In today's Urban Planner: interactive, history-oriented theatre at the Brick Works; posters for nonexistent Canadian horror movies; and Holodeck Follies returns.
- Theatre: Evergreen Brick Works may be a cool place to ride a bike or check out a farmer’s market, but it also has a rich history that many people don’t know about. Memory in the Mud brings light to these stories with a unique style of roving, interactive theatre courtesy of Words in Motion. Learn about the people who lived and worked at Brick Works throughout the years, including German prisoners of war and those who were left homeless during the Great Depression. Young Welcome Centre, Evergreen Brick Works (550 Bayview Avenue), 1 p.m., $5 children, $10 adults. Details
- Art: In celebration of Fan Expo and Rue Morgue’s Festival of Fear, Steam Whistle’s August art show is all about horror-movie poster art. If They Came From Within: An Alternative History of Canadian Horror Movies features imaginary horror films from the twisted minds of filmmakers Bruce McDonald, Tony Burgess, Jason Eisener, Donna Davies, Rodrigo Gudiño, and even curator (Rue Morgue editor-in-chief) Dave Alexander. Each title has been movie-posterized by the equally twisted hands of “Ghoulish” Gary Pullin, Paige Reynolds, Justin Erickson, Jason Edmiston, and Andrew Wright, among others. Many of the filmmakers and artists will be in attendance for the launch party. The art exhibit runs all month. Steam Whistle Brewing (255 Bremner Boulevard), 7 p.m., FREE. Details
- Comedy: The Dandies return to the stage with Holodeck Follies: Episode 7, your monthly fill of Star Trek-themed improv! This time, the crew of the U.S.S. Albatross faces a whole new adventure—taking on a Borg exchange student. Not a sci-fi geek? Fear not, this variety show contains plenty of “regular” stand-up and sketch courtesy of special guests Ben Ball, Taylor Abrahamse, and Garrett Jamieson, with music from Copy Red Leader and the 10-Forward Band. Black Swan Tavern (154 Danforth Avenue), 8 p.m., $7. Details
- Poetry: For 20 years, Dwayne Morgan has been revolutionizing Spoken Word with his writing and live performances. By popularizing poetry slams in Ontario, he has paved the way for many up-and-coming poets. Join the Godfather of the Canadian Spoken Word scene as he celebrates his two decade-long career with readings of his favourite pieces from over the years. Lula Lounge (1585 Dundas Street West), 8:30 p.m., $20 advance. Details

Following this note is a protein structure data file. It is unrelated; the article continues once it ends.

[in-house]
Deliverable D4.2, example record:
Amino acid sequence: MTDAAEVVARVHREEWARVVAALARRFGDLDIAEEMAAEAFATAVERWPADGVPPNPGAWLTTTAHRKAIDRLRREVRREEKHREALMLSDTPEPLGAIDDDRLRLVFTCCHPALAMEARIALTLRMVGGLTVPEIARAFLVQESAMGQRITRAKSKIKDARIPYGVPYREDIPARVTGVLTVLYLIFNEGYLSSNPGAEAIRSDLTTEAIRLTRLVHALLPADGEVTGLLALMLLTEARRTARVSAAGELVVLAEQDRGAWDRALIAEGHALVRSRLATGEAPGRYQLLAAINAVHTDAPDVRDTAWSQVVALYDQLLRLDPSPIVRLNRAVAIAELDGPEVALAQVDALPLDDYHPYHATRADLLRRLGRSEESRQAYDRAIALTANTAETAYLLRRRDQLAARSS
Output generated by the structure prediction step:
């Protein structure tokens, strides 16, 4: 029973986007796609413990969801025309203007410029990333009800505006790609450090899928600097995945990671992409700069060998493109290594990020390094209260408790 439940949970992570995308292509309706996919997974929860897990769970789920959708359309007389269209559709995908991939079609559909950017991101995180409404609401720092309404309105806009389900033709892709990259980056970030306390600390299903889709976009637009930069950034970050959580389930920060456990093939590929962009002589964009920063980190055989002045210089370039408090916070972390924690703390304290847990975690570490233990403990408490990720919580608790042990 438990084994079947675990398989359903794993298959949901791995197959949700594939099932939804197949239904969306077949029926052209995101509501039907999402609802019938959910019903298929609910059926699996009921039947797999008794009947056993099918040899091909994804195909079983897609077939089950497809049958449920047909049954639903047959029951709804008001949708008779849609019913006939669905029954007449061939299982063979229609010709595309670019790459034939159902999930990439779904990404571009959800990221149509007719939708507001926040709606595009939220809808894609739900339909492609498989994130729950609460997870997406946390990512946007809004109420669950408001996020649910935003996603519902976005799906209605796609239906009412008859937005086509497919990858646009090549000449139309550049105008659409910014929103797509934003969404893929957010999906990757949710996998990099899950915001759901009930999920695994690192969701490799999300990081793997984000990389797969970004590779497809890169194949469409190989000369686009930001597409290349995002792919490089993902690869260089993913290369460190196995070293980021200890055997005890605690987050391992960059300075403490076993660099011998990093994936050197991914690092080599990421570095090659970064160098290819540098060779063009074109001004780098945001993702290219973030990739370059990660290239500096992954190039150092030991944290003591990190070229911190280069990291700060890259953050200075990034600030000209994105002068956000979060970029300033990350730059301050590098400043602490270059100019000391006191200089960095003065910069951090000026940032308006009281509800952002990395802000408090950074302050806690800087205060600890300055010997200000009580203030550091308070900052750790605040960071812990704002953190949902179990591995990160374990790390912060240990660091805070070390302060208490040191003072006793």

History: The name “Mesopotamia” derives from a Greek term meaning “land between the rivers.” The Royal Ontario Museum’s latest major exhibit, which opens on June 22, takes this literally, as visitors flow between painted representations of the Tigris and Euphrates rivers on the floor.
Presented by the British Museum and rounded out with pieces from institutions in Chicago, Detroit, and Philadelphia, “Mesopotamia: Inventing Our World” covers 3,000 years of human development in the cradle of urban civilization. Most of the 170 artifacts on display have never been shown in Canada. Royal Ontario Museum (100 Queens Park), 12 a.m., $27 (Includes general admission). Details
- Theatre: If Fringe and SummerWorks aren’t enough to satisfy your summer theatre cravings, the world-renowned Stratford Festival is now only a bus ride away from downtown Toronto, thanks to the new Stratford Direct bus route (“the best thing [the Festival] has done in years” according to one usher at the Avon Theatre). Artistic Director Antoni Cimolino has put together a season to please tastes from the traditional to the extravagant. Here’s what we think about five of Stratford’s current productions. Multiple venues, 12 a.m., $25–$175. Details
- Art: Flight: A Thrilling History of an Idea is a new exhibition from the Toronto Reference Library that gathers a number of rare items that explore the theme of the possible and the impossible. Some of the highlights on display are La vingtième siècle: la vie électrique (a rare French book that shows how scientific discoveries would have affected people in 1955), Tame (a sci-fi pulp magazine), and Worldly Wisdom (watercolour that depicts a Leonardo da Vinci-like figure creating a winged flying machine). You’ll find the exhibition in the library’s TD Gallery. Toronto Reference Library (789 Yonge Street), 12 a.m., FREE. Details
- Film: When Animal House first turned the toga into suitable party attire in 1978, the landscape of the film comedy was forever altered. TOGA! The Reinvention of American Comedy, a new film series that kicked off Wednesday at the TIFF Bell Lightbox, seeks to chart the changing comedic sensibilities that have occurred in the years since the film’s release. From big budget blockbusters, to libido-fuelled sex romps, to carefully calibrated exercises in nuance and timing, the selections in the program are some of the funniest films ever made. TIFF Bell Lightbox (350 King Street West), 12 a.m., $8.50–$12. Details
- Music: Go on, escape the office for an extended lunch break and take in the tastes and sounds of Fresh Wednesdays. Each week, a different Canadian artist performs as you purchase baked goods and locally-grown produce from the farmer’s market. Pop singer-songwriter Justin Dubé kicks off the concert series, followed by Beat Café featuring poetry by Raine Maida (July 17), rising folk-pop stars Emma Lee and Peter Katz (August 7), and more. Nathan Phillips Square (100 Queen Street West), 12:30 p.m., FREE. Details